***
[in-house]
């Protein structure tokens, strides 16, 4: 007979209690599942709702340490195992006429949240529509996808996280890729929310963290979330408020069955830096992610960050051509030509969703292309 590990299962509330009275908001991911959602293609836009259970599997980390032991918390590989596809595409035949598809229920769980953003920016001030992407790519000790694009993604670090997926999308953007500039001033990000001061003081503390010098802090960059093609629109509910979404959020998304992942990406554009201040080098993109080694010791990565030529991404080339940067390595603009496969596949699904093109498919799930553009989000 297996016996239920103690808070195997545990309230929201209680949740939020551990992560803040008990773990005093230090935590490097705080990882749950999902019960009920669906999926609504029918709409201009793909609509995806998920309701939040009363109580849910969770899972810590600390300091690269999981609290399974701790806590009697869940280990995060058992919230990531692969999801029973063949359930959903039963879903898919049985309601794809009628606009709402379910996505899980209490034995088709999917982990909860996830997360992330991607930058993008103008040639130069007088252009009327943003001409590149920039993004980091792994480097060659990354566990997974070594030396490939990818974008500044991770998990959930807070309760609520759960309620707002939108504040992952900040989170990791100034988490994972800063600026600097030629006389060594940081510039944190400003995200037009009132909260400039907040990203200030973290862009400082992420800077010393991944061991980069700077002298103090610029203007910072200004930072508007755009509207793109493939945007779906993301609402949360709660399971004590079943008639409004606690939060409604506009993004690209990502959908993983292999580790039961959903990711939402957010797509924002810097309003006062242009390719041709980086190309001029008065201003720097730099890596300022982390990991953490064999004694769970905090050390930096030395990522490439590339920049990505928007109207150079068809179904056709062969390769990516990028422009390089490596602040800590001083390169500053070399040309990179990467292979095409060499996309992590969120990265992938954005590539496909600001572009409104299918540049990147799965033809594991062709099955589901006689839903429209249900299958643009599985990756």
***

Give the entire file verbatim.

[in-house]
């Protein structure tokens, strides 16, 4: 007979209690599942709702340490195992006429949240529509996808996280890729929310963290979330408020069955830096992610960050051509030509969703292309 590990299962509330009275908001991911959602293609836009259970599997980390032991918390590989596809595409035949598809229920769980953003920016001030992407790519000790694009993604670090997926999308953007500039001033990000001061003081503390010098802090960059093609629109509910979404959020998304992942990406554009201040080098993109080694010791990565030529991404080339940067390595603009496969596949699904093109498919799930553009989000 297996016996239920103690808070195997545990309230929201209680949740939020551990992560803040008990773990005093230090935590490097705080990882749950999902019960009920669906999926609504029918709409201009793909609509995806998920309701939040009363109580849910969770899972810590600390300091690269999981609290399974701790806590009697869940280990995060058992919230990531692969999801029973063949359930959903039963879903898919049985309601794809009628606009709402379910996505899980209490034995088709999917982990909860996830997360992330991607930058993008103008040639130069007088252009009327943003001409590149920039993004980091792994480097060659990354566990997974070594030396490939990818974008500044991770998990959930807070309760609520759960309620707002939108504040992952900040989170990791100034988490994972800063600026600097030629006389060594940081510039944190400003995200037009009132909260400039907040990203200030973290862009400082992420800077010393991944061991980069700077002298103090610029203007910072200004930072508007755009509207793109493939945007779906993301609402949360709660399971004590079943008639409004606690939060409604506009993004690209990502959908993983292999580790039961959903990711939402957010797509924002810097309003006062242009390719041709980086190309001029008065201003720097730099890596300022982390990991953490064999004694769970905090050390930096030395990522490439590339920049990505928007109207150079068809179904056709062969390769990516990028422009390089490596602040800590001083390169500053070399040309990179990467292979095409060499996309992590969120990265992938954005590539496909600001572009409104299918540049990147799965033809594991062709099955589901006689839903429209249900299958643009599985990756």